IBM Watson is by no means a miracle worker. Your company is going to have to put some real effort into this rather than just go through the motions. I sense that no one is really taking the lead on this effort and it too will be doomed to failure. Get back to us a year from now and let us know what progress you've made.

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CyberAngel

As others have noted, there is no magical solution for converting from scanned paper to digital. The fact that your company still has analog resources tells me they've fallen far behind the curve.

 

The good news is that once you start to convert to digital, you can build some tools to accelerate the process. Look for recurring patterns and define blocks. Cut and paste wherever you can. Insert the image files and trace them when you must. Unfortunately, AI (such as Watson) still doesn't do well at visual recognition, something we take for granted.

 

For instance, title blocks are a good place to start. Trace or create a block. Give it some attributes for fields that vary from project to project. Put it in a template that you can use for all the subsequent conversions.

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lrm

If you have .tif files that implies the drawings have already been scanned. As you know raster image files like tif, jpg, gif, etc., are “dumb” representations of geometry. They do not include a geometric model as found in CAD files. I get the impression that the reference to Watson is a way of asking if modern “intelligent” software can automatically convert a raster image file to a CAD database. There are commercial products today that can convert raster to vector (line) files with some, but not always complete, success. Even after the conversion the accuracy of the resulting CAD file is dubious.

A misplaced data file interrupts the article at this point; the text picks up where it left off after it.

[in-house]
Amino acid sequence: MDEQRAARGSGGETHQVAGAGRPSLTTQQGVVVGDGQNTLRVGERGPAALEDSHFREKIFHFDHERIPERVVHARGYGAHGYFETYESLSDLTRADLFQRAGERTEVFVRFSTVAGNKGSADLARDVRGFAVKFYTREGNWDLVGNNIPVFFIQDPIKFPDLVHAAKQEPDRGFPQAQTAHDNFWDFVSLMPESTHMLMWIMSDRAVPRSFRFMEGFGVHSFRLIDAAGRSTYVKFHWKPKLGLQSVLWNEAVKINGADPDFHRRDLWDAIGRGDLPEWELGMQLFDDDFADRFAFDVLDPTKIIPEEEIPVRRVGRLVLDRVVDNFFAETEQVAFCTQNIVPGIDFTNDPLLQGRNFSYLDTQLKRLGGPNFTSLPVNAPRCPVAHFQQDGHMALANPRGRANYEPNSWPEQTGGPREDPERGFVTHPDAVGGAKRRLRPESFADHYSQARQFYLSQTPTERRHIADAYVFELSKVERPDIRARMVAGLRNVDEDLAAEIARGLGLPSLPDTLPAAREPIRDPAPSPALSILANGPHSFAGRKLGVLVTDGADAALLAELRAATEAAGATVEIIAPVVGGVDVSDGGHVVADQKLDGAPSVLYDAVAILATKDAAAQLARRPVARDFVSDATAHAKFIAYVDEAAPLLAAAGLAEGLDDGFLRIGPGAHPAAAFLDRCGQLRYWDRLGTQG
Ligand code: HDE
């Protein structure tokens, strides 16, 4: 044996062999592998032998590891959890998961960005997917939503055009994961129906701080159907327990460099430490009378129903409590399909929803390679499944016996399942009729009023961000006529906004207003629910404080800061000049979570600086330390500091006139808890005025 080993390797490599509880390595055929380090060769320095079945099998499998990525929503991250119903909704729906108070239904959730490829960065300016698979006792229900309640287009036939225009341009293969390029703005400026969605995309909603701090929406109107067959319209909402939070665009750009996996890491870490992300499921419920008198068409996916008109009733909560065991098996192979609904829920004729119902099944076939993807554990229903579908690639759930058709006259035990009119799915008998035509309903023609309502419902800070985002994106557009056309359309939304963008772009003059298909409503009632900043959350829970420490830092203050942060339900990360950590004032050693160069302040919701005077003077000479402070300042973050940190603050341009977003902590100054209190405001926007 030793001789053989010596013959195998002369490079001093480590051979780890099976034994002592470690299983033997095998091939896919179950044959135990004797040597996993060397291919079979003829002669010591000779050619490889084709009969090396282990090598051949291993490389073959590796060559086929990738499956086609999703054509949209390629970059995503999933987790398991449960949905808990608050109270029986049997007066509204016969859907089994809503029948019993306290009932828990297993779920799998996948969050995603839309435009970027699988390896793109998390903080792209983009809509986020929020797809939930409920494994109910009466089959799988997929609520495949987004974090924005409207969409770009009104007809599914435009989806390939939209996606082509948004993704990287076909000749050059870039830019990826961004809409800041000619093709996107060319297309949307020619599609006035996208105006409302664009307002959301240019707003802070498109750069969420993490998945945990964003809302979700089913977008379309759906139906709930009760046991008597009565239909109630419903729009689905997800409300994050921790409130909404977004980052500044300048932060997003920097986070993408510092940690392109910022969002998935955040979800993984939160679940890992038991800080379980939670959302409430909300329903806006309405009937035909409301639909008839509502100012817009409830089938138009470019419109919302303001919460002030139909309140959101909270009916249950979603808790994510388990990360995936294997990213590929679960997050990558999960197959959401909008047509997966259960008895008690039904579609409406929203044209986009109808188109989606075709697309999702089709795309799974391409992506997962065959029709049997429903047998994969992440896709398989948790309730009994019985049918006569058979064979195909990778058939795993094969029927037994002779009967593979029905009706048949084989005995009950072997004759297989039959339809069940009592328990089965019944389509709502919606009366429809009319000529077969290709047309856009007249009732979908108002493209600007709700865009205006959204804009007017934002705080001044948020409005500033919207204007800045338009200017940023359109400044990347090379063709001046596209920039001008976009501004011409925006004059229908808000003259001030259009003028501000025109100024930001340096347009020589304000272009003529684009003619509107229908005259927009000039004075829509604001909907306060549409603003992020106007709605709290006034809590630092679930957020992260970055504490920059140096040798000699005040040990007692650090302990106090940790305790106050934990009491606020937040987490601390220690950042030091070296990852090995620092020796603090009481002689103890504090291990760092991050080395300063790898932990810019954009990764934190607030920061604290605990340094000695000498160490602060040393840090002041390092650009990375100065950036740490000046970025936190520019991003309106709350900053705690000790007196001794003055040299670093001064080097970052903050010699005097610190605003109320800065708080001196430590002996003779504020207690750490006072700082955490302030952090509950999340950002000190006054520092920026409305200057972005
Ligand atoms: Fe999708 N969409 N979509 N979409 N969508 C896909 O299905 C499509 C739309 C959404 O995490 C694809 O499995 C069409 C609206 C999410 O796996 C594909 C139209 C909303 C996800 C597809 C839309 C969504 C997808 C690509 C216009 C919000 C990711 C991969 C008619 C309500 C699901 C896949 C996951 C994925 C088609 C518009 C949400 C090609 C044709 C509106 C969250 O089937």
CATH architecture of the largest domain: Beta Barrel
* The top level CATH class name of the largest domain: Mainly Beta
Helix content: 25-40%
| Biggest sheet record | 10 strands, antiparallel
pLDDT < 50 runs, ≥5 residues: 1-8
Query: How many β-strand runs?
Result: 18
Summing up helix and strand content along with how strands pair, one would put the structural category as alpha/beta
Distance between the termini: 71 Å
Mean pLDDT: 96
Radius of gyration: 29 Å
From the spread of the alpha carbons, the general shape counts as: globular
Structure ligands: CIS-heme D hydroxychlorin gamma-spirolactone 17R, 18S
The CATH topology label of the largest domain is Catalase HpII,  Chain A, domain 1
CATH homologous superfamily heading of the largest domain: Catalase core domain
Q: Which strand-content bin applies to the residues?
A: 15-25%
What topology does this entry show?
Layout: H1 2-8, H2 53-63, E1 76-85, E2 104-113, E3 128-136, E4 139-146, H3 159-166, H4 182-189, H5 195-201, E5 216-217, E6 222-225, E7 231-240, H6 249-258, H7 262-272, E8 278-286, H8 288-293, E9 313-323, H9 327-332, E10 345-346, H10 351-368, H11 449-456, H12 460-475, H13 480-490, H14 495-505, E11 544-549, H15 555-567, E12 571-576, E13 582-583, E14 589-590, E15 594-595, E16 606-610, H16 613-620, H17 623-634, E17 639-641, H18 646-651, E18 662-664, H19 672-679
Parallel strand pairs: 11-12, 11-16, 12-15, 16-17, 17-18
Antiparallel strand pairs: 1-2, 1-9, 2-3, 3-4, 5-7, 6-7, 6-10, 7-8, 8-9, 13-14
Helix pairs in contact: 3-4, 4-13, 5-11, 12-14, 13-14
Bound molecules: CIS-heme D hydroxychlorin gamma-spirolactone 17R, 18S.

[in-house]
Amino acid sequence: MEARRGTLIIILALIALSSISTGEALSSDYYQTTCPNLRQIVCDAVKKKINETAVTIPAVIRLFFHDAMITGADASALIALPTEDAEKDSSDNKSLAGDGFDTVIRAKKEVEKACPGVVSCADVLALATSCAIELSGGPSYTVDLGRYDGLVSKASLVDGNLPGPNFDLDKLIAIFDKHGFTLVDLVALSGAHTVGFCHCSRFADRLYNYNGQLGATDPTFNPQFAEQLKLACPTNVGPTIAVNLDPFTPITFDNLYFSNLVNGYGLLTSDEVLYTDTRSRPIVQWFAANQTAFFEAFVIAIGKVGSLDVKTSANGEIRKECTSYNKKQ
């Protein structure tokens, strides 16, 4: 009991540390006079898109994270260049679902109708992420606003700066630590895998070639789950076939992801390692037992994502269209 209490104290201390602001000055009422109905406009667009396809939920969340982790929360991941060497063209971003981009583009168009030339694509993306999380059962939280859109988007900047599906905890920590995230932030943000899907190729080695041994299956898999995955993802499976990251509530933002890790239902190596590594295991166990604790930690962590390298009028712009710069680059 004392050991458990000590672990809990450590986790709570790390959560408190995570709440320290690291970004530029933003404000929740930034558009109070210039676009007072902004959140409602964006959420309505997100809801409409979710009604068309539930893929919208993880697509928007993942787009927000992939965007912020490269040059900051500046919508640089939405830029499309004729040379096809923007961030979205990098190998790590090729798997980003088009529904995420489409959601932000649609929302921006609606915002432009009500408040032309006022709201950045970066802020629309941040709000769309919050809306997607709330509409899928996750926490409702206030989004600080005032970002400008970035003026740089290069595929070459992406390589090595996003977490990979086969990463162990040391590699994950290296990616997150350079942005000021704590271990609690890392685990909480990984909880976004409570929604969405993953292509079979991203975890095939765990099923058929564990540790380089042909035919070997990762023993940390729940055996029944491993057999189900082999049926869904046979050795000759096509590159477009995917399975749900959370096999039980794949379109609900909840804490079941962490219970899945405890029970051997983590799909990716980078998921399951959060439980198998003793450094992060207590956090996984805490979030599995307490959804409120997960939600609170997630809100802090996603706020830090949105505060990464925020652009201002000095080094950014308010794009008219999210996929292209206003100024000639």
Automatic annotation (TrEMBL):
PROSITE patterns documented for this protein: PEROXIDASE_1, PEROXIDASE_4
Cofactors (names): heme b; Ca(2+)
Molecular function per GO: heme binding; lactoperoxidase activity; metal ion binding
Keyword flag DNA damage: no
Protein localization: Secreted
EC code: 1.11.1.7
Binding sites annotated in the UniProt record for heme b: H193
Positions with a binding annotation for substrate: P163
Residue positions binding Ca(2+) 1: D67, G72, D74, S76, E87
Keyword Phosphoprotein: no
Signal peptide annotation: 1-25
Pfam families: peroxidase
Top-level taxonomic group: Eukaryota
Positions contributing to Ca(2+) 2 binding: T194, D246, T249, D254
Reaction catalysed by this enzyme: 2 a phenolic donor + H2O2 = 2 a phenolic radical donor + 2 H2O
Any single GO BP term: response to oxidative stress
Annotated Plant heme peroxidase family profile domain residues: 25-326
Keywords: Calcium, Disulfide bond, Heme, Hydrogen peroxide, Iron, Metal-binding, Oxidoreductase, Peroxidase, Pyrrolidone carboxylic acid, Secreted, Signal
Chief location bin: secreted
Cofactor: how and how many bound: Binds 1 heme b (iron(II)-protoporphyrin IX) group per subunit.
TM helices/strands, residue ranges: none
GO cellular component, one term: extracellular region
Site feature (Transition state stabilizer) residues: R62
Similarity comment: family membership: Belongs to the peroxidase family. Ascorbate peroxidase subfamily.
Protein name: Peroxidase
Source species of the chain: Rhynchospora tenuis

I think the firs step for the company is to have scanned raster files of all drawings that may be referenced in the future. New projects should of course be doe with CAD. Old parts for which the documentation only exists as scanned images can be manually converted to CAD on an as-needed basis.

 

Note, the AI and image recognition aspects of the technology available with Watson and other similar products may be able to convert scanned images into well constructed CAD model in the future but when is anybody’s guess. The methods used to do face recognition and other types of image processing have made amazing strides with impressive results in the past few years. I was recently impressed by the ability of a friend’s new car to be able to “read” a speed limit sign as we drove down the highway. This is achieved by sophisticated signal processing that is useful in determining whether a collection of dots in a raster image is a line or not. The challenge is how the computer can determine that a collection of lines forms a 2D view and that a collection of 2D views define a 3D object with dimensions specified by dimensioning annotation in the scanned image.

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Murph_map

I think a copy of Recap and Inventor/Autocad with 4 weeks of training will be cheaper than a few days of Watson.